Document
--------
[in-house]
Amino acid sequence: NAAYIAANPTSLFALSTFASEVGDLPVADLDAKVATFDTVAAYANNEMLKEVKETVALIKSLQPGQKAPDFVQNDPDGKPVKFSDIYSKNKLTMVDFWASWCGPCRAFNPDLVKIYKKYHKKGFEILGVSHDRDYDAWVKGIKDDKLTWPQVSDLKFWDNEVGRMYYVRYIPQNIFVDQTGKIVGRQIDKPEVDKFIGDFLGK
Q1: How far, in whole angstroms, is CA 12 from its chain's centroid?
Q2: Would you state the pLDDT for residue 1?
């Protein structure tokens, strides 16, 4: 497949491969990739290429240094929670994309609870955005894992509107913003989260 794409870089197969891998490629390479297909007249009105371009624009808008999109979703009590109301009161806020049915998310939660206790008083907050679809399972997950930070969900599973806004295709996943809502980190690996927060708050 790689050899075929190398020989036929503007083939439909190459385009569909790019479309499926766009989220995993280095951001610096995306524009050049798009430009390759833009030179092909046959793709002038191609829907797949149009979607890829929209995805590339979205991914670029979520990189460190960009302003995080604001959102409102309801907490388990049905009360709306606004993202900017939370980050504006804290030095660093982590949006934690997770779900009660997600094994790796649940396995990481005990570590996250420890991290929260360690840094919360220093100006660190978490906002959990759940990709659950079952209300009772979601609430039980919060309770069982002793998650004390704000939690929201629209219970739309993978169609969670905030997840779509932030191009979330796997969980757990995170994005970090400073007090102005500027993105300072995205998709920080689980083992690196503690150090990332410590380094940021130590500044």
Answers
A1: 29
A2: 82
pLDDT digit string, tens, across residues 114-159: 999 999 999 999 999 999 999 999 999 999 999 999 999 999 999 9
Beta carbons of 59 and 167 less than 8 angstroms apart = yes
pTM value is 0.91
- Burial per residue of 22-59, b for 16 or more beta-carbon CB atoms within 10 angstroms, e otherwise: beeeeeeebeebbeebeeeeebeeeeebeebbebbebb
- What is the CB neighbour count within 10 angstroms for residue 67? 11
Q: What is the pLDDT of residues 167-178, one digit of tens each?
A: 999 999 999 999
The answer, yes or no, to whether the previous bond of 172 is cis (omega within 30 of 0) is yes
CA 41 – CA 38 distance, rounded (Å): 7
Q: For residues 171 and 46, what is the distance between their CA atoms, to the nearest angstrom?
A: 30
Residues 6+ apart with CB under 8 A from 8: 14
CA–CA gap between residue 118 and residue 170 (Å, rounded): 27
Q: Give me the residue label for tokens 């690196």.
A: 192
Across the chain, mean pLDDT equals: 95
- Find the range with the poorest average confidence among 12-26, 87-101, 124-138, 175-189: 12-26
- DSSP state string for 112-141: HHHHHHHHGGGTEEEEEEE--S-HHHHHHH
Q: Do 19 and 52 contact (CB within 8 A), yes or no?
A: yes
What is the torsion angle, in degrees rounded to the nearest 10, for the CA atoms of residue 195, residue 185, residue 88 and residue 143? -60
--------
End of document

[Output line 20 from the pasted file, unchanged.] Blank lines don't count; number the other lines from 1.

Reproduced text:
Residues 6+ apart with CB under 8 A from 8: 14